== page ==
From climate justice and food sovereignty to Standing Rock and Extinction Rebellion, today’s anthropologists engage many important debates related to culture and environment. This course introduces how we understand human ecology and environmental issues “from the bottom up”, in the context of rooted histories and living cultures. Looking at case studies of resource extraction, climate change, biodiversity conservation, agricultural adaptation, ecotourism and attempts to “green” the economy, we will explore how ethnographic methods support indigenous and local perspectives around the world, as people perceive, challenge and reshape the global processes and structural inequalities that affect them and their home places.
- Learn about contemporary environmental issues, by reading a range of anthropological case studies.
- Grasp the insights and value of ethnographic approaches to the study of culture and ecology, and perceive the methodological discipline necessary to the production of these studies.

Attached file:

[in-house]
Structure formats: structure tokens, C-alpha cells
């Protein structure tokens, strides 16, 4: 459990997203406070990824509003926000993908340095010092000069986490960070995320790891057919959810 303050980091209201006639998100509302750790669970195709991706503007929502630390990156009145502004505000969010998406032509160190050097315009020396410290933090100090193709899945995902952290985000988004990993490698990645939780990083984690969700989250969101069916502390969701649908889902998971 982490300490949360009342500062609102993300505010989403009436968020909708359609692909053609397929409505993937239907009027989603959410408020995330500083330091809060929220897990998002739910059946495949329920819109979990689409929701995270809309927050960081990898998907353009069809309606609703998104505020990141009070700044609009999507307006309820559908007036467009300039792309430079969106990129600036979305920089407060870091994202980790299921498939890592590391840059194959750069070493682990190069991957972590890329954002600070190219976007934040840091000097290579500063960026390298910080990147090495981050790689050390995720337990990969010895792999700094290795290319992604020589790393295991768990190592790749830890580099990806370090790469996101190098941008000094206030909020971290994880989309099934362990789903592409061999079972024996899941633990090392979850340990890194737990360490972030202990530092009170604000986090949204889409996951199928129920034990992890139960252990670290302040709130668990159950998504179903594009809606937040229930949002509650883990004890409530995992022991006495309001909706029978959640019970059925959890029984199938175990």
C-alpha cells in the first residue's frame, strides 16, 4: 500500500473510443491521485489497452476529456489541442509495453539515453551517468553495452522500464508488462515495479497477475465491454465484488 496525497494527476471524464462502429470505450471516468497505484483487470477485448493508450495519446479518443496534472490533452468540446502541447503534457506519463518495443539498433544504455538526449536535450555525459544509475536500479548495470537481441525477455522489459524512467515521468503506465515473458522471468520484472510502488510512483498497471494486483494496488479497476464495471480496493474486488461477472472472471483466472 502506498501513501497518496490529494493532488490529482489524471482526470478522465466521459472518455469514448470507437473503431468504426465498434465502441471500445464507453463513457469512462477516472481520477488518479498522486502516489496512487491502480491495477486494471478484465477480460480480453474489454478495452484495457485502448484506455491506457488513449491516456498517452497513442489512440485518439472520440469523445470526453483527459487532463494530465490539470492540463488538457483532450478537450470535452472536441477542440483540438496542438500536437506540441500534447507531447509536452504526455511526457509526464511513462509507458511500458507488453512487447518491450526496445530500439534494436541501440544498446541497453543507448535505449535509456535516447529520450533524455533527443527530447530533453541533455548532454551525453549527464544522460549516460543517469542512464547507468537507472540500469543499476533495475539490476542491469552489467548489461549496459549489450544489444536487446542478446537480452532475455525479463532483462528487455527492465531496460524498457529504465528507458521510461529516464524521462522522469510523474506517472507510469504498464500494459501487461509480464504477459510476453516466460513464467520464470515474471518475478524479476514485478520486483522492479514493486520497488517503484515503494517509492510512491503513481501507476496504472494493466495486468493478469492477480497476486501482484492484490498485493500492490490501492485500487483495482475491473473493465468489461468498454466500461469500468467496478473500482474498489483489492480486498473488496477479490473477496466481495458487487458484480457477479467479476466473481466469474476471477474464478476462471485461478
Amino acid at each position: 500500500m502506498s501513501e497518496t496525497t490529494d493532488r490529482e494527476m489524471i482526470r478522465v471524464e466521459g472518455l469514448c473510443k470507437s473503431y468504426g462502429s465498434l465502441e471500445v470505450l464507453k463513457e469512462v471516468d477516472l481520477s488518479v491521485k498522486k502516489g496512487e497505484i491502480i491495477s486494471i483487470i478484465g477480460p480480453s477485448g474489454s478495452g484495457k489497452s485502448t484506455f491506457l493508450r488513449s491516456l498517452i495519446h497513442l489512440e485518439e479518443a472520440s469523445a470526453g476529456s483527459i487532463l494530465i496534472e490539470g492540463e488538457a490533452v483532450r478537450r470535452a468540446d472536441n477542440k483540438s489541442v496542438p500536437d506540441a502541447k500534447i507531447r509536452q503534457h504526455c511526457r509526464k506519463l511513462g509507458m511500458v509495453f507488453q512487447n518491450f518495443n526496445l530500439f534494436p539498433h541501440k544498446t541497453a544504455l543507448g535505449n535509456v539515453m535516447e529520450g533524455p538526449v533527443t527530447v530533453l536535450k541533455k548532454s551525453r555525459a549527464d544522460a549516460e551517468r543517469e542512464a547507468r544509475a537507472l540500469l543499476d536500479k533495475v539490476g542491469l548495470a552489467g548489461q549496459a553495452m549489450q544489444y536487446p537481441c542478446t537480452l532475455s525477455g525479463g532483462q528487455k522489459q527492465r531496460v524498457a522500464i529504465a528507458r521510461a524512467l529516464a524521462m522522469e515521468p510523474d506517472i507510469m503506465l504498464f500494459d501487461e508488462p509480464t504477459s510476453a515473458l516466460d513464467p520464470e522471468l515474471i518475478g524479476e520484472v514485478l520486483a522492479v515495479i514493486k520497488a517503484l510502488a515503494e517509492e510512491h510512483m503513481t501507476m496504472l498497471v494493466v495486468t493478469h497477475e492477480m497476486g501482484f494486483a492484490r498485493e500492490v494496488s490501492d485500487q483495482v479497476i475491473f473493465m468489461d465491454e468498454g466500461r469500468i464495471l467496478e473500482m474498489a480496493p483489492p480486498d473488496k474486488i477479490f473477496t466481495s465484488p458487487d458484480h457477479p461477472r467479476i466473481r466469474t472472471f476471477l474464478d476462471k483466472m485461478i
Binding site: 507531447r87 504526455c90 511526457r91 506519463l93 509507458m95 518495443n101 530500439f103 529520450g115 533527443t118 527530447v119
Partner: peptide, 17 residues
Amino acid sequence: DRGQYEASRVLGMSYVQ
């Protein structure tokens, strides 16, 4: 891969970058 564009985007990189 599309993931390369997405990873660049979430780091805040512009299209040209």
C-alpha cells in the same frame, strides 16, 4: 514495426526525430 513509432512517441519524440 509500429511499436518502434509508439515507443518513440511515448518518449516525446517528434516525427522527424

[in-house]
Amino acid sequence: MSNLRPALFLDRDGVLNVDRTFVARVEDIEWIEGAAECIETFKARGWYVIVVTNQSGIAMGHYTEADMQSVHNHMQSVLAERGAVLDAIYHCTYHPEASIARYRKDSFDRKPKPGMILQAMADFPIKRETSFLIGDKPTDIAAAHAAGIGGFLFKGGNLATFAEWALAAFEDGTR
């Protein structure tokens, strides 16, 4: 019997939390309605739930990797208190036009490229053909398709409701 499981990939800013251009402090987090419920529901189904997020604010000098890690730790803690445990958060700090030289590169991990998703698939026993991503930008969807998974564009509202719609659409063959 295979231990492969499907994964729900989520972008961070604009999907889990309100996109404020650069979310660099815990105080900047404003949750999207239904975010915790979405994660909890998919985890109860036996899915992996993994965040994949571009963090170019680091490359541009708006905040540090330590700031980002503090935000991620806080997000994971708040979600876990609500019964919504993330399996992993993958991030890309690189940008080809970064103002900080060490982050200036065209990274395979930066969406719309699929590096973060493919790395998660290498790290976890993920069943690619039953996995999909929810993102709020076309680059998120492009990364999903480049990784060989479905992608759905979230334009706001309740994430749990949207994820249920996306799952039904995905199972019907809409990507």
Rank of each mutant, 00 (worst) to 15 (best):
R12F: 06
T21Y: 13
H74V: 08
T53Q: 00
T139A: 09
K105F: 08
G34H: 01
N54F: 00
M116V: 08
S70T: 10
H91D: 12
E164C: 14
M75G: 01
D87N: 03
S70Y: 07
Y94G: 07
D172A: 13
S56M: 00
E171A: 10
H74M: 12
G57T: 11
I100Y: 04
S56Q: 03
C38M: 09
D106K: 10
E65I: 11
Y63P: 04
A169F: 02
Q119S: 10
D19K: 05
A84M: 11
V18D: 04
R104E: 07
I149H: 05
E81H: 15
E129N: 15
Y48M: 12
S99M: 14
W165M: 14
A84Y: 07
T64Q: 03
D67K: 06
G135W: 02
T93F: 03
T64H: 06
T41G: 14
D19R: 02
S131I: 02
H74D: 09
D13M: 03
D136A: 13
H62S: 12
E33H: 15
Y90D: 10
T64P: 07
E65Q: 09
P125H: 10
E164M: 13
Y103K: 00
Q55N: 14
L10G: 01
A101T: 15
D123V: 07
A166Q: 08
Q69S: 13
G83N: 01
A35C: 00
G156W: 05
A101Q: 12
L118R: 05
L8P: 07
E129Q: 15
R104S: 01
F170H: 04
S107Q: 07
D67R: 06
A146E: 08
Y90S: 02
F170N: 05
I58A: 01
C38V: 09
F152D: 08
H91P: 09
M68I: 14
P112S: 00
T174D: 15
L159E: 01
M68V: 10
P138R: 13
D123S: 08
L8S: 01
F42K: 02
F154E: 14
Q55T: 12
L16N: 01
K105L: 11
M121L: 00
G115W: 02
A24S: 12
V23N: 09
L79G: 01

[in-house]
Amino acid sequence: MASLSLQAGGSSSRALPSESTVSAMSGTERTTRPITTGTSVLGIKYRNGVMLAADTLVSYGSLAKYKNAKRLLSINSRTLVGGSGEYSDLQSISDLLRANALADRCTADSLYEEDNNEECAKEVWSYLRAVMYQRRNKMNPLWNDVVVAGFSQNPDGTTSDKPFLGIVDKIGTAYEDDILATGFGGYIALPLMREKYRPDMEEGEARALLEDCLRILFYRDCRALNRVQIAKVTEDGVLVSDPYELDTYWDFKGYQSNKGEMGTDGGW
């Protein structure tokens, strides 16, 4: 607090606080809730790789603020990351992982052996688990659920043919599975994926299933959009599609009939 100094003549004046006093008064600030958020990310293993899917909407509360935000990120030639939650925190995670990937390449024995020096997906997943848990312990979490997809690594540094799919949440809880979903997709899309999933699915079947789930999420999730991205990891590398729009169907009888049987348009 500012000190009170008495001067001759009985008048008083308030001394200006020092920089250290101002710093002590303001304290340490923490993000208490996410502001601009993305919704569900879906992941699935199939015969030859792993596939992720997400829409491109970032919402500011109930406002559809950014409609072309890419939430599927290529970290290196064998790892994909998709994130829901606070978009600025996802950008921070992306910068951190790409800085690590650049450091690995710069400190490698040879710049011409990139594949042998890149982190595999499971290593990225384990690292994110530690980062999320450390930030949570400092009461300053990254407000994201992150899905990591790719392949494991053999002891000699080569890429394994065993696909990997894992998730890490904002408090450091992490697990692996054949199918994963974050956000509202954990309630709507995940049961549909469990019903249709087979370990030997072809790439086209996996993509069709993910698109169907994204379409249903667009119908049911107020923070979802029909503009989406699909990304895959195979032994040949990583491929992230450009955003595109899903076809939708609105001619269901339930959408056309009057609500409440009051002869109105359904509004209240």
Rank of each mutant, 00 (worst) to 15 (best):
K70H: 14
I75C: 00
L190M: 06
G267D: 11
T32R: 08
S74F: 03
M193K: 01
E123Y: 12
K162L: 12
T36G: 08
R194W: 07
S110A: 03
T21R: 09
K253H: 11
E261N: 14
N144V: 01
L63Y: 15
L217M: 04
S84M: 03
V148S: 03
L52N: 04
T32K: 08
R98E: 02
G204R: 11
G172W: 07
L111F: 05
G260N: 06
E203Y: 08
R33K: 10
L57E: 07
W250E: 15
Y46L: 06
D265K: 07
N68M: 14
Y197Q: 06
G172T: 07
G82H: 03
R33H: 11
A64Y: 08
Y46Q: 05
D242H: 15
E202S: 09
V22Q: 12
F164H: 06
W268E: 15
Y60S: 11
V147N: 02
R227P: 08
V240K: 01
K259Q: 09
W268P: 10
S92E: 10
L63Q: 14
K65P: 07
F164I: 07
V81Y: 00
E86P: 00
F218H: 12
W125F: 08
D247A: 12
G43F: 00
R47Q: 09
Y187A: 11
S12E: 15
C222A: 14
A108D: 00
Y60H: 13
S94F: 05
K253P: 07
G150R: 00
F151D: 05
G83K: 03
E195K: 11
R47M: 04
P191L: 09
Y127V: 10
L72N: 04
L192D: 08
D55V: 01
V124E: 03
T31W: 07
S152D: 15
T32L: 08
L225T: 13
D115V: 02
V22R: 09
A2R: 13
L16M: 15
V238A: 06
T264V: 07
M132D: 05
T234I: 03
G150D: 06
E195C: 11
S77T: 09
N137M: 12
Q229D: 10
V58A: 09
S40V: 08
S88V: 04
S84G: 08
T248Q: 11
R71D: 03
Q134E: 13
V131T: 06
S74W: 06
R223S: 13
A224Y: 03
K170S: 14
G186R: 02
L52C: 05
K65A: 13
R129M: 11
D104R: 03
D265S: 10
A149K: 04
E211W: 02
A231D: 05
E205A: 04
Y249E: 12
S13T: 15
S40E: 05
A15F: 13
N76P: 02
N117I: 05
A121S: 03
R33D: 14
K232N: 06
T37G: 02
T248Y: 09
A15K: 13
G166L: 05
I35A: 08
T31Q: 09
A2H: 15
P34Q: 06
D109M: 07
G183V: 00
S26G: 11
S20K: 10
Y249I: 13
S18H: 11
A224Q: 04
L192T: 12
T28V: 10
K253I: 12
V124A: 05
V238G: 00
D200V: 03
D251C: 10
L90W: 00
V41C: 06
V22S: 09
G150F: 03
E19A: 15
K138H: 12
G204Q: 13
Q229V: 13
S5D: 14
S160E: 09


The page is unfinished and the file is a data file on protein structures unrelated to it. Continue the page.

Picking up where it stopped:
- Understand and apply key concepts used in qualitative analysis to synthesize and organize complex information about culture, ecology, and political economic systems.
- Appreciate how the asymmetries of power and vulnerability are evident not only in the impacts of environmental problems, but can also be reproduced by our frameworks for problem-solving, unless we pursue rigorous critical reflexivity as well as direct collaboration with affected communities.
- Recognize the ethical orientations embedded in anthropological research and participate in its commitment to dismantling the persistent legacies of colonialism, racism, and social inequality.